Thanks to Dorothy for the miles that paid for my flight. Twenty hours each way, stopping only in DC between Oahu and Genève. Not only that but she encouraged me to go on this trip when I was really on the fence. And huge thanks to Jon and Pete for the invite. I would never have dreamed up such a crazy trip. It was a pleasure traveling with two of the most knowledgable and interesting flying buddies anyone could hope to spend 35 hours in a car with. And I have to thank Jon for the AirBnB bookings and Pete for scoring us such a sweet ride. And to Jon for doing all the cooking. What was my contribution? Perhaps only the haphazard documentary footage I cobbled together, topped off with a few choice clips from Pete’s GoPro. Pete is working on his own video of the trip and I can’t wait to see it.

It took me a whole month to scour through the many hours of footage I shot on this trip, and to put together some semblance of a video tribute to our adventure. I cut it down and cut it down some more, throwing out tons of clips that I originally thought were indispensable to the story line, but even after all that cutting it’s still an eleven minute video, my longest by a large margin. If you don’t have the patience to watch for that long, just skip to the end where I put Pete’s footage of me thermaling high over the Pyrenees. After watching those clips I just have to ask: how come no one ever told me how awesome I look thermaling in this new wing?? Thanks to Jorge for hooking me up with that beauty!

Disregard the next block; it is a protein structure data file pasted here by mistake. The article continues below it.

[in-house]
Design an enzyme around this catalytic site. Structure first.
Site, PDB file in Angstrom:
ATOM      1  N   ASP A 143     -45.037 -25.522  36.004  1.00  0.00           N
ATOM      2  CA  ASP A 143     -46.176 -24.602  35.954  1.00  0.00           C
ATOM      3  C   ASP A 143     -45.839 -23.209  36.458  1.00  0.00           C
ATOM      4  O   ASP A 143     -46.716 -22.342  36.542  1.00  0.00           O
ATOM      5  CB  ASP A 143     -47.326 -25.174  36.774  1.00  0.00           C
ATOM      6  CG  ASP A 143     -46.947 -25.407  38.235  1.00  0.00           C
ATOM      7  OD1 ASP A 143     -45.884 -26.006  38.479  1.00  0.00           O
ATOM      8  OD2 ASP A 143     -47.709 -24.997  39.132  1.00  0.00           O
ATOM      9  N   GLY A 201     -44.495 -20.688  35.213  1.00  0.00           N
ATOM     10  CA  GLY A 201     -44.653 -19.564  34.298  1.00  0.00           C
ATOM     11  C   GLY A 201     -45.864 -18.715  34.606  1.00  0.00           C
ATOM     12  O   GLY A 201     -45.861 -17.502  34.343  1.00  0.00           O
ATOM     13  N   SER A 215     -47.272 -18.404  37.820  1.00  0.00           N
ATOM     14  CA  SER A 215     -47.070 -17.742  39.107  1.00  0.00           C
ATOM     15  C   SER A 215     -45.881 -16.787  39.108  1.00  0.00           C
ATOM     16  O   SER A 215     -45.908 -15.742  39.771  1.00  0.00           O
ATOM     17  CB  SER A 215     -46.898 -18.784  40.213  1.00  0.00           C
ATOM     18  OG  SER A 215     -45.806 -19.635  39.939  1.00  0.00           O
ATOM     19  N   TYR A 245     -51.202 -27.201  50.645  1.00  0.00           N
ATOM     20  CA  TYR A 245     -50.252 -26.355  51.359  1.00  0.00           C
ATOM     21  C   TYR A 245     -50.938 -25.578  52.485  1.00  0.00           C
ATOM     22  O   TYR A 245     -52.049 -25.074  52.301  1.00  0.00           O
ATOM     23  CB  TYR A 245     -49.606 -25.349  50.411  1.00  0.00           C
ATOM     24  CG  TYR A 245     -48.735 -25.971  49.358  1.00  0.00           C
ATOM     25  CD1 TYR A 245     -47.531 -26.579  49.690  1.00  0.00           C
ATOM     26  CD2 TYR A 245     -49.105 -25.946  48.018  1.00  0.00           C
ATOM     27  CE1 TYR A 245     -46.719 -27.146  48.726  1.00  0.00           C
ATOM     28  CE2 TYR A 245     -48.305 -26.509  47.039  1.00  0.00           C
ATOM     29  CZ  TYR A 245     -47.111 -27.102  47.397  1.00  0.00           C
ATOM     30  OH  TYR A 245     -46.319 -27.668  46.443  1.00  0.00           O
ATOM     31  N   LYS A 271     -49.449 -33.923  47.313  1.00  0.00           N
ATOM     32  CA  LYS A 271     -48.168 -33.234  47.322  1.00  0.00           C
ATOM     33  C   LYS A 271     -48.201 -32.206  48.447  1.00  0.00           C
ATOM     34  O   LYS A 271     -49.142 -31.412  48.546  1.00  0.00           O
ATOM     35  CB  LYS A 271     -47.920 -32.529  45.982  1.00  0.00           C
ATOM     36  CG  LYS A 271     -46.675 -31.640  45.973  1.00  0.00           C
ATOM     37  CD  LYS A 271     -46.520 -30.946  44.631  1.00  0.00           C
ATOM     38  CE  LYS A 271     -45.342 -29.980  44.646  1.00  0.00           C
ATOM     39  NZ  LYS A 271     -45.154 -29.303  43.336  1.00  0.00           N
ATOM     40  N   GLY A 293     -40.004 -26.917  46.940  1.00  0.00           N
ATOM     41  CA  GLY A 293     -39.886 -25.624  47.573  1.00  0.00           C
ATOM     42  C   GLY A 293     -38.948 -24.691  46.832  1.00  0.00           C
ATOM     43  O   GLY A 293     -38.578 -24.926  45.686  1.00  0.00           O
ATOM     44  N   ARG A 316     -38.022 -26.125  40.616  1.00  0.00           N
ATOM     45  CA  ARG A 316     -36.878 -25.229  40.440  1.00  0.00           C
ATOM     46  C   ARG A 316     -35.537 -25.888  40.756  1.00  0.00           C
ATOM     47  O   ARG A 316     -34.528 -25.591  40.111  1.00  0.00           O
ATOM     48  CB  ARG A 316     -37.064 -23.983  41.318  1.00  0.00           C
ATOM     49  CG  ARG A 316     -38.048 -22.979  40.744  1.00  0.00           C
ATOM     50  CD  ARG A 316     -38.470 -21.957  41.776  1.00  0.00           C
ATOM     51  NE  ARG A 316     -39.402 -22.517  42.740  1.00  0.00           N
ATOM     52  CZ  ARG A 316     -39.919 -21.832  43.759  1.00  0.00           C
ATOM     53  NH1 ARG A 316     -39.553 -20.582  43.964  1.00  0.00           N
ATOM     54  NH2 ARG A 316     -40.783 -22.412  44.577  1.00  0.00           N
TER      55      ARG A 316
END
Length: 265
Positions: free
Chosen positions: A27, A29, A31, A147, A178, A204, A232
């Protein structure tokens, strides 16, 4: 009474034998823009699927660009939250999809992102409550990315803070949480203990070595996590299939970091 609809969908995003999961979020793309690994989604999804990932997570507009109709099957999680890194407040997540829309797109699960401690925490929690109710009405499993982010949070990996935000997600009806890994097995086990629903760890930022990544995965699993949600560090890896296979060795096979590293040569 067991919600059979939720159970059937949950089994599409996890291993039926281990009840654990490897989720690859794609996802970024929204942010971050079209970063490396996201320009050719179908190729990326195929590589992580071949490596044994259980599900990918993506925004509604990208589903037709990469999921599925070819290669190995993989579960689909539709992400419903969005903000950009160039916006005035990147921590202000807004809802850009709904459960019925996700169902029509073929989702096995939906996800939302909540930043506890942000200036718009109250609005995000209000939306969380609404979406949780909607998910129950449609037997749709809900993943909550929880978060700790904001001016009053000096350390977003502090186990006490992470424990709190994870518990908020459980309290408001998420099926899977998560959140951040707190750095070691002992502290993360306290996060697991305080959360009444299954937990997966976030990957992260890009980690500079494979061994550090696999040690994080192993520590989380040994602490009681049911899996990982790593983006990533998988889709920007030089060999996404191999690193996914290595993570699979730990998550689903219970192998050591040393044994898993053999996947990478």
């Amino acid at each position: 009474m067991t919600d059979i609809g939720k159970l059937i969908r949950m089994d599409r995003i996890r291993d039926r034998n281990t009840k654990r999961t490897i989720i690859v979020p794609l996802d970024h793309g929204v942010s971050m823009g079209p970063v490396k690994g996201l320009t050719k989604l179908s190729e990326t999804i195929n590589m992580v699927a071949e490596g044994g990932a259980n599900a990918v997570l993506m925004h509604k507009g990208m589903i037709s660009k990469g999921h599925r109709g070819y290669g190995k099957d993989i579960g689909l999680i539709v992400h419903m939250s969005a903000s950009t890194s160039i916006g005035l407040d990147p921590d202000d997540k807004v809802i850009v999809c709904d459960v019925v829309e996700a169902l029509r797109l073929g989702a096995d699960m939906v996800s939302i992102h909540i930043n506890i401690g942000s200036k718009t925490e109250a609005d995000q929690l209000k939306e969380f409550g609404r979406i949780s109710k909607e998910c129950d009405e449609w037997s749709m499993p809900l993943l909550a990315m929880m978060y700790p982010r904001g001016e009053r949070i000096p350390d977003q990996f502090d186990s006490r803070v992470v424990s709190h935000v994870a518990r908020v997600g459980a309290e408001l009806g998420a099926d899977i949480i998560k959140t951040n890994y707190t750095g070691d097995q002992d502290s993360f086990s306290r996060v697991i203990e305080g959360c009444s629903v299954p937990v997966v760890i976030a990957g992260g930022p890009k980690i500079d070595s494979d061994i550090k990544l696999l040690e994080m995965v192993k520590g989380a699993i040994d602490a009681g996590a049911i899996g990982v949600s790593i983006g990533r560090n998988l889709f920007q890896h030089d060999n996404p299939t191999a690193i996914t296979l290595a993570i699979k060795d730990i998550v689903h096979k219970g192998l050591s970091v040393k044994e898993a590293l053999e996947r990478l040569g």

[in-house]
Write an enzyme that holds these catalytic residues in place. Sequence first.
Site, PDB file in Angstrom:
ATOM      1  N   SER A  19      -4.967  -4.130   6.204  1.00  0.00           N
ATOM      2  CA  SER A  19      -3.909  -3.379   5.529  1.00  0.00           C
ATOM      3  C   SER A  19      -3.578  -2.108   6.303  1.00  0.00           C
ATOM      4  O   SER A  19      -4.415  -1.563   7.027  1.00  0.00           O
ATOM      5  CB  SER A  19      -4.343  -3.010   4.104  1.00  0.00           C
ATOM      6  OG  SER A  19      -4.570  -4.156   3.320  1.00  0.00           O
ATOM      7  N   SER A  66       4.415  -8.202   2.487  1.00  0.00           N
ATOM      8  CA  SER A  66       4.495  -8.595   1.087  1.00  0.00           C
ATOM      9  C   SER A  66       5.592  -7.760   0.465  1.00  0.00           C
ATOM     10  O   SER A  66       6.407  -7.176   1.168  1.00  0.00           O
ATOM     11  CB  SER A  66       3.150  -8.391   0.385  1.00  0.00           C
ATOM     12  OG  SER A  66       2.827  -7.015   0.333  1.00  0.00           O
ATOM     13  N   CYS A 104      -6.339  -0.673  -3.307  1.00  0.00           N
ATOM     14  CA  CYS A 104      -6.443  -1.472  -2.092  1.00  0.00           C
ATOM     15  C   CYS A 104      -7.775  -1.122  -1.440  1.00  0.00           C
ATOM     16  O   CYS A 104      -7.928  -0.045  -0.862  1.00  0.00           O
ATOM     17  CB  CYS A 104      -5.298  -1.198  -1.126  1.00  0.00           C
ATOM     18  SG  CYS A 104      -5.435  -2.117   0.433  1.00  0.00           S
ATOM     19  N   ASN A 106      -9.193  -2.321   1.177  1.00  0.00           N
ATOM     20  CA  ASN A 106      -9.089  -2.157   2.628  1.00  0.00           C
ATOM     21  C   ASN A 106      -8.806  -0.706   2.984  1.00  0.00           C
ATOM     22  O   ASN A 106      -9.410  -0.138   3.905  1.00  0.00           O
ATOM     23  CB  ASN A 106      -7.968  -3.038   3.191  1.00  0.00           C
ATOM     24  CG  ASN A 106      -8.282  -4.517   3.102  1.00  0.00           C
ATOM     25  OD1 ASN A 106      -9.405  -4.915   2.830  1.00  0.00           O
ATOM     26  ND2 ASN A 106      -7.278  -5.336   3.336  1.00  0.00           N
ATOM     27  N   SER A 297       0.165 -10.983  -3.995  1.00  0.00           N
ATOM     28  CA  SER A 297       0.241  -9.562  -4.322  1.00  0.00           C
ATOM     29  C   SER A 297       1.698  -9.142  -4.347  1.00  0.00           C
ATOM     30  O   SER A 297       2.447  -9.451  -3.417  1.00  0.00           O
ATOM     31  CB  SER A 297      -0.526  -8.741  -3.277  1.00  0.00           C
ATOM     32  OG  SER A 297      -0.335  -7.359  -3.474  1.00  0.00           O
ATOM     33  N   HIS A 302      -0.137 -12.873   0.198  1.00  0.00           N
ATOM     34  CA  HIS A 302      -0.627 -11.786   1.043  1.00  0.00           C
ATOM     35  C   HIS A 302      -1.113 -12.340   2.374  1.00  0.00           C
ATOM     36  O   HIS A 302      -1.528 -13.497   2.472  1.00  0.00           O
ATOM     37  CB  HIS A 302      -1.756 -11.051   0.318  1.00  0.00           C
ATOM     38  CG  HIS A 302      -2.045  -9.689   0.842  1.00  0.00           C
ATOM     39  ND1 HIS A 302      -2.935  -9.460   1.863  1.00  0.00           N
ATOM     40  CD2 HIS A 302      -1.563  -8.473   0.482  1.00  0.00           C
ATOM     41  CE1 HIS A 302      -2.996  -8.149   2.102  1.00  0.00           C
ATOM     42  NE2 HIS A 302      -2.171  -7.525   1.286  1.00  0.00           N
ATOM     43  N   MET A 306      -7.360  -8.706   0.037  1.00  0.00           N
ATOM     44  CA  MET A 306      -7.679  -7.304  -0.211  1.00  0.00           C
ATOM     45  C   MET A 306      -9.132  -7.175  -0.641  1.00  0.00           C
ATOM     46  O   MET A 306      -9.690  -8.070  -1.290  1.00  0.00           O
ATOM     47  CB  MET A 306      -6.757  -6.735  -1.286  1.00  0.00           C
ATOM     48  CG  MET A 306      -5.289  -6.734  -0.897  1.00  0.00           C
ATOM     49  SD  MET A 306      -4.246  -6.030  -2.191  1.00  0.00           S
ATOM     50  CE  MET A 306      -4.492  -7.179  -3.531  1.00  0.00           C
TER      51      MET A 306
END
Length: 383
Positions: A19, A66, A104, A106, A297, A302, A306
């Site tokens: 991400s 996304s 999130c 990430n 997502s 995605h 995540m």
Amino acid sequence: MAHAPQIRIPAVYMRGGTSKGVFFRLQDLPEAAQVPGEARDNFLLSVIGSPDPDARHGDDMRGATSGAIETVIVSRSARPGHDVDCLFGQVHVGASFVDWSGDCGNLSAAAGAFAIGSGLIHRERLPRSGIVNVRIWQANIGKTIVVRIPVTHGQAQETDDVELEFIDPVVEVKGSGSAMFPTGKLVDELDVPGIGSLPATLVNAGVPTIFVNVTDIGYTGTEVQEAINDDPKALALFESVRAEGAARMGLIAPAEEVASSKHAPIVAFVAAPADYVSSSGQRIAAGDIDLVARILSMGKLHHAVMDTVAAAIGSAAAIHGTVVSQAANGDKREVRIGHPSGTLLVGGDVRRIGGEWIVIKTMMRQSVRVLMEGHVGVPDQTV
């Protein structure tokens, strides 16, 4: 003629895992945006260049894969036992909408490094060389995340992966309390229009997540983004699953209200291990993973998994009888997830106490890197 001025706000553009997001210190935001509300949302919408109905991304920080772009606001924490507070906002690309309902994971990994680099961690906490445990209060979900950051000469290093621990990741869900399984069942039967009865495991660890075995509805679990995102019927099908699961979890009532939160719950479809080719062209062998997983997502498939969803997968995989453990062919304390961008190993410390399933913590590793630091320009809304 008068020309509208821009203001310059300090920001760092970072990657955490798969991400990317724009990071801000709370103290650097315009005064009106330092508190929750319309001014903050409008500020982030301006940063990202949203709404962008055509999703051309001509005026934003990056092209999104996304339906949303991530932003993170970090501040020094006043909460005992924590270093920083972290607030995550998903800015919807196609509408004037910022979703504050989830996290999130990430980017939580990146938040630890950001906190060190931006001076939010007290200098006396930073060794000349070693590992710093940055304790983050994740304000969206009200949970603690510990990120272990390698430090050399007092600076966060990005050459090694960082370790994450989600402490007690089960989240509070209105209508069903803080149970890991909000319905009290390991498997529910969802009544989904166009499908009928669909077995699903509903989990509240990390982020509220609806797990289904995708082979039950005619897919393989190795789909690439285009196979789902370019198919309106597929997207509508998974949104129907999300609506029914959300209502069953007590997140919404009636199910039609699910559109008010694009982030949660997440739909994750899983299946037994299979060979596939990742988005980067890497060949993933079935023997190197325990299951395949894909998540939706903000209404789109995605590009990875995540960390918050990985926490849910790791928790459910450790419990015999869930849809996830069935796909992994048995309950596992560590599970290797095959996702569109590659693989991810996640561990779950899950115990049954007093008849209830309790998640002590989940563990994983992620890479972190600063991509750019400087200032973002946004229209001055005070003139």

JK said...

Epic! Rat Race was fun, but this trip beats it easily, hands-down. Thanks for the video and for the leads that will be openers for a few stories.

firedave2 said...


I forget how much fun we have in the Alps, makes me think of the Dolomiti for September.

Great stuff!


Thom said...

Well, this was 2 coffees and 1/2 bottle of wine later. JJJ is smiling somewhere.

Great read and the videos are tempting my French itch to get back there.

Thanks this was worth the wait.


Dreamybee said...

Time for Chamonix!! Part Deux!